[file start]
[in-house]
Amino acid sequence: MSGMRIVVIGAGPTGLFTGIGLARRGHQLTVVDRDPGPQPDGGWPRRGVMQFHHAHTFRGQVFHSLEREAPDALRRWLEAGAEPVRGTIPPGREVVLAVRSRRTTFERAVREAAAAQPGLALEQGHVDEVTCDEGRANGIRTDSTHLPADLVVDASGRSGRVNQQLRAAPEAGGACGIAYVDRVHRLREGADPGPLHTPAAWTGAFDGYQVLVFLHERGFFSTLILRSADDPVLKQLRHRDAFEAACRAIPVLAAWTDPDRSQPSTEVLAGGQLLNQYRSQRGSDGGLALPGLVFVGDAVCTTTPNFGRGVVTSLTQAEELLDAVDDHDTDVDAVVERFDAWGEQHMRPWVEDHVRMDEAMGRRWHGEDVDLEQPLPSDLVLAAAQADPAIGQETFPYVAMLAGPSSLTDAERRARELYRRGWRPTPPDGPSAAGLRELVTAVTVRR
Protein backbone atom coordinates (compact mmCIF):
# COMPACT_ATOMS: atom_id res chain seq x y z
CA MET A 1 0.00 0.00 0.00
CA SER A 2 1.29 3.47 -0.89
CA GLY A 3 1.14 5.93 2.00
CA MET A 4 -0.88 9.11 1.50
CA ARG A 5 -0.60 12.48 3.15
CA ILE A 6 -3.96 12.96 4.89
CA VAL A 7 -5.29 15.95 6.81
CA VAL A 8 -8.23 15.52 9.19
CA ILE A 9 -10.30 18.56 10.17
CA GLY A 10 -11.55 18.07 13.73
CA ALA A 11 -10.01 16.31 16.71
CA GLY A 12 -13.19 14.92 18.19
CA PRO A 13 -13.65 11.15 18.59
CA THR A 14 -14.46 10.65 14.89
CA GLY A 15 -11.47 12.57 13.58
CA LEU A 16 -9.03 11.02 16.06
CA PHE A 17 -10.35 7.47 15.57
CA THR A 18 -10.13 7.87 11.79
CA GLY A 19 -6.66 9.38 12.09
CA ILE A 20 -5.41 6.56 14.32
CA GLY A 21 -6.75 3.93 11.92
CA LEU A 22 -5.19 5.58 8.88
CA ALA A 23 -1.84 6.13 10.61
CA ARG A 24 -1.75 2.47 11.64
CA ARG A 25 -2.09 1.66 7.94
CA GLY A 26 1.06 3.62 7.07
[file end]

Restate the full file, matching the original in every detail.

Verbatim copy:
[in-house]
Amino acid sequence: MSGMRIVVIGAGPTGLFTGIGLARRGHQLTVVDRDPGPQPDGGWPRRGVMQFHHAHTFRGQVFHSLEREAPDALRRWLEAGAEPVRGTIPPGREVVLAVRSRRTTFERAVREAAAAQPGLALEQGHVDEVTCDEGRANGIRTDSTHLPADLVVDASGRSGRVNQQLRAAPEAGGACGIAYVDRVHRLREGADPGPLHTPAAWTGAFDGYQVLVFLHERGFFSTLILRSADDPVLKQLRHRDAFEAACRAIPVLAAWTDPDRSQPSTEVLAGGQLLNQYRSQRGSDGGLALPGLVFVGDAVCTTTPNFGRGVVTSLTQAEELLDAVDDHDTDVDAVVERFDAWGEQHMRPWVEDHVRMDEAMGRRWHGEDVDLEQPLPSDLVLAAAQADPAIGQETFPYVAMLAGPSSLTDAERRARELYRRGWRPTPPDGPSAAGLRELVTAVTVRR
Protein backbone atom coordinates (compact mmCIF):
# COMPACT_ATOMS: atom_id res chain seq x y z
CA MET A 1 0.00 0.00 0.00
CA SER A 2 1.29 3.47 -0.89
CA GLY A 3 1.14 5.93 2.00
CA MET A 4 -0.88 9.11 1.50
CA ARG A 5 -0.60 12.48 3.15
CA ILE A 6 -3.96 12.96 4.89
CA VAL A 7 -5.29 15.95 6.81
CA VAL A 8 -8.23 15.52 9.19
CA ILE A 9 -10.30 18.56 10.17
CA GLY A 10 -11.55 18.07 13.73
CA ALA A 11 -10.01 16.31 16.71
CA GLY A 12 -13.19 14.92 18.19
CA PRO A 13 -13.65 11.15 18.59
CA THR A 14 -14.46 10.65 14.89
CA GLY A 15 -11.47 12.57 13.58
CA LEU A 16 -9.03 11.02 16.06
CA PHE A 17 -10.35 7.47 15.57
CA THR A 18 -10.13 7.87 11.79
CA GLY A 19 -6.66 9.38 12.09
CA ILE A 20 -5.41 6.56 14.32
CA GLY A 21 -6.75 3.93 11.92
CA LEU A 22 -5.19 5.58 8.88
CA ALA A 23 -1.84 6.13 10.61
CA ARG A 24 -1.75 2.47 11.64
CA ARG A 25 -2.09 1.66 7.94
CA GLY A 26 1.06 3.62 7.07